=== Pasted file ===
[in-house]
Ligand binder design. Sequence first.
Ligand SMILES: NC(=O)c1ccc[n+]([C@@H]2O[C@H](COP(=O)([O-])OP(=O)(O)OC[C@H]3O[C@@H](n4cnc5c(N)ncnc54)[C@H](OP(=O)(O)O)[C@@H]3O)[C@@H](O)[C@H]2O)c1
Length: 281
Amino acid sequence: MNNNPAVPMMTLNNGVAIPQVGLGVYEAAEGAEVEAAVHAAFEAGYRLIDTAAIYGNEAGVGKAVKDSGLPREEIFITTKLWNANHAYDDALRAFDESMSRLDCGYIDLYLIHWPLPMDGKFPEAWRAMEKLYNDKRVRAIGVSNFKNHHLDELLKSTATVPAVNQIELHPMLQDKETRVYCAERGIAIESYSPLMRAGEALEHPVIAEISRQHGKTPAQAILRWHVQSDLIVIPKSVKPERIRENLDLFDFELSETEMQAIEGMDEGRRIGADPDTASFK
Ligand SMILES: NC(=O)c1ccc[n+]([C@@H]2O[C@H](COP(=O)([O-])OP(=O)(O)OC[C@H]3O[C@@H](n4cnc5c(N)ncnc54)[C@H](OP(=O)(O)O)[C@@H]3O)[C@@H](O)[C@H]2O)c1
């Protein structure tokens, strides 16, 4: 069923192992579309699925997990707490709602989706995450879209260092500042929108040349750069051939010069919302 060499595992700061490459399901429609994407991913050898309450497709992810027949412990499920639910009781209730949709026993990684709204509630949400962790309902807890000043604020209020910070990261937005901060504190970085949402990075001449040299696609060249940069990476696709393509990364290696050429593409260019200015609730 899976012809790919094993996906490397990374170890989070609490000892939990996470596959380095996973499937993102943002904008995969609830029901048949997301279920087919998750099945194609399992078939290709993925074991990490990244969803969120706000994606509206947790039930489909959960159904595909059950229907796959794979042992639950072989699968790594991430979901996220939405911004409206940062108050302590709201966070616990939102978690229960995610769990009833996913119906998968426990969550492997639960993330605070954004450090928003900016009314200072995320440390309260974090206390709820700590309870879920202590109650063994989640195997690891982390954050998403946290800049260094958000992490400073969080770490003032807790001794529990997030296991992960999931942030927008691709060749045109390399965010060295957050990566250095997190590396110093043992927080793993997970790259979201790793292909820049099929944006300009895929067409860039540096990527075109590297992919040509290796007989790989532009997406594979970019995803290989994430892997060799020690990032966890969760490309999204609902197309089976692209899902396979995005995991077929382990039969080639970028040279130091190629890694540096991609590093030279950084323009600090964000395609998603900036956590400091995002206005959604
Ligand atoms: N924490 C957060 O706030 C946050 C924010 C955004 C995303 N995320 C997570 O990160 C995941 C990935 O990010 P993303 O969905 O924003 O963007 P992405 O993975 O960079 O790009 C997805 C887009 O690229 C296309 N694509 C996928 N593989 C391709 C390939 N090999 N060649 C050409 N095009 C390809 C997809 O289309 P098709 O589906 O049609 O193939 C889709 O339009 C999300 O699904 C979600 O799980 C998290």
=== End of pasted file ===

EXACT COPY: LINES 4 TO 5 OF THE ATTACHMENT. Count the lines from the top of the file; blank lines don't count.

Length: 281
Amino acid sequence: MNNNPAVPMMTLNNGVAIPQVGLGVYEAAEGAEVEAAVHAAFEAGYRLIDTAAIYGNEAGVGKAVKDSGLPREEIFITTKLWNANHAYDDALRAFDESMSRLDCGYIDLYLIHWPLPMDGKFPEAWRAMEKLYNDKRVRAIGVSNFKNHHLDELLKSTATVPAVNQIELHPMLQDKETRVYCAERGIAIESYSPLMRAGEALEHPVIAEISRQHGKTPAQAILRWHVQSDLIVIPKSVKPERIRENLDLFDFELSETEMQAIEGMDEGRRIGADPDTASFK